What will the elevation of Air Forces Cyber look like?

Nearly two months after Air Force Secretary Frank Kendall announced sweeping organizational changes, details are still unclear regarding one such initiative involving elevating AFCYBER.
Air Force cyber warfare operators set up their computer stations before a capture-the-flag competition during DEF CON 27 Hacking Conference in Las Vegas, Aug. 8, 2019. (U.S. Air Force photo by Tech. Sgt. R.J. Biermann)

When Air Force Secretary Frank Kendall announced a sweeping reorganization Feb. 12, one of the shifts was to elevate Air Forces Cyber to a standalone service component command to reflect the importance of the cyber mission to the joint force and across the department. However, not much detail has been provided regarding what exactly that means or what an elevated AFCYBER will look like.

The so-called reoptimization — a list of up to 24 changes to include reorganizations, shuffles and brand new commands — was necessary, officials said, to better posture the Department of the Air Force against top nation-state competitors, namely, China.

The service has maintained it could be months until any additional details are available regarding the elevation and how the new organization could take shape. A DAF spokesperson told DefenseScoop that each of the initiatives listed in the reoptimozation plan are on various timelines and officials are still developing an implementation plan for the AFCYBER elevation — but they don’t have any established timelines yet.   

“What is going to be in that command? Details to follow, as we look forward and understand,” Lt. Gen. Kevin Kennedy said at the AFA Warfare Symposium where the reoptomization was announced regarding AFCYBER’s impending elevation.


The appropriations bill for fiscal 2024 that passed Congress at the end of March, noted that to date, the Air Force had not “provided thorough justification for this reorganization, a comprehensive implementation plan, or detailed budgetary information necessary for the Subcommittees to assess this plan.” As a result, the legislation noted that any fiscal 2024 funding that is utilized for the reorganization is designated a congressional special interest item and the secretary must provide a briefing to congressional defense committees 30 days prior to executing any organizational changes.

Lawmakers also directed the comptroller general to submit a report to the House and Senate defense appropriations subcommittees on the proposed reorganization no later than 180 days after enactment of the legislation.

AFCYBER, the Air Force’s service cyber component to U.S. Cyber Command, is part of 16th Air Force, the service’s first information warfare entity. It was established in 2019 and combined a variety of capabilities to include cyber, electromagnetic spectrum operations, intelligence, surveillance, reconnaissance, information ops and weather.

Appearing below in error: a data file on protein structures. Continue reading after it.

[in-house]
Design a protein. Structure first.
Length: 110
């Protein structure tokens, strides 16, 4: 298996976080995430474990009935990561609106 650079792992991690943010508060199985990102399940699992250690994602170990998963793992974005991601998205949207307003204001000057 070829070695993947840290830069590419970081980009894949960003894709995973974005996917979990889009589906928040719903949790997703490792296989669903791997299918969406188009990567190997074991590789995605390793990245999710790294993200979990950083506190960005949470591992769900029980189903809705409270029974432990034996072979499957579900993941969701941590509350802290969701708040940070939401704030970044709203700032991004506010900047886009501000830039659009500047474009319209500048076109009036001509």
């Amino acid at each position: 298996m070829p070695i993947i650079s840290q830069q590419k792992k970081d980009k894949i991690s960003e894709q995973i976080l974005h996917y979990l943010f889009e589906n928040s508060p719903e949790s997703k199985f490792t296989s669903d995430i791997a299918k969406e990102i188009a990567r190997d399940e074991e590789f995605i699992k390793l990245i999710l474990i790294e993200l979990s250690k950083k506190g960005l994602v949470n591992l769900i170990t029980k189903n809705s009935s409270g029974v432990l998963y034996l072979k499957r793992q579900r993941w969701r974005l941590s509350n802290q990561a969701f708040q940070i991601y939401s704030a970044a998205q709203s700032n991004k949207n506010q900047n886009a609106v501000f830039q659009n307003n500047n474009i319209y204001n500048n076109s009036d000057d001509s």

Previously, personnel for AFCYBER were spread across two numbered Air Forces with 24th Air Force serving as the primary AFCYBER entity and pulling intelligence personnel from 25th Air Force. This created difficulties with command relationships and oversight of teams since the intelligence operators served beneath a separate Air Force command with a separate commander.

16th Air Force, a three-star command, now sits beneath Air Combat Command, a four-star entity.


According to former Air Force cyber officials — all of whom had no inside knowledge of exactly what the elevation will portend — the most likely outcome of the elevation of AFYBER will be to pull it out from under Air Combat Command and place it directly under the chief of staff and/or secretary like a major command or MAJCOM.

Kennedy somewhat affirmed this sentiment.

“The decision was made to elevate Air Forces Cyber as a command, reporting directly to the chief and the secretary,” he said at the AFCEA Rocky Mountain Cyberspace Symposium a week after the AFA Warfare Symposium. “This decision was made after a significant amount of discussion, [and] in my assessment, was made for a few key reasons. One that stands out is the recognition of the importance of operating in, through and from the cyber domain that cuts across the entire department, both services and all commands. It is also the recognition of the value that cyber, ISR, weather and information operations and electronic warfare enterprises within the 16th Air Force bring to our security.”

Removing AFCYBER from Air Combat Command also loosens bureaucratic hurdles that simply exist as a function of being beneath another organization, sources indicated.

“Being underneath one MAJCOM, frankly, historically has been challenging. Not because they haven’t wanted to support cyber, but it gets into, Air Combat Command flies jets and fighters and Space Command flies satellites. It always was a budgetary challenge,” Bill Marion, executive and managing director at Accenture Federal and former deputy chief information officer of the Air Force, told DefenseScoop.


Elevation will also raise the profile of a new AFCYBER when competing for resources within the Air Force.

“The obvious advantage [of elevation out from under ACC] will be that when it comes to resources, both people and money, you are competing for the prioritization of those requirements at a higher level,” Charles “Tuna” Moore, a retired Air Force three-star who served as the deputy commander of Cybercom, told DefenseScoop. “Does that mean you automatically are going to get more people and more budget? No. It’s going to depend on how well you can make your case for your requirements.”

Elevation also raises the profile of cyber and non-kinetic capabilities, which are expected to play a larger role in conflicts going forward.

“The writing’s on the wall. Globally, cyber is truly a warfighting capability, it’s truly transcending all the mission areas,” Marion said. “The biggest thing is this much larger aperture of cyber as a warfighting mission in totality, not underneath kinetic effects, but in concert with kinetic effects. Because it is a reality we live in. I mean, you look at the Ukrainian war and as an example, I mean, it’s as much cyber as it is kinetic. We see the bombs drop and you don’t see the non-kinetic but, it’s on par, it’s not above.”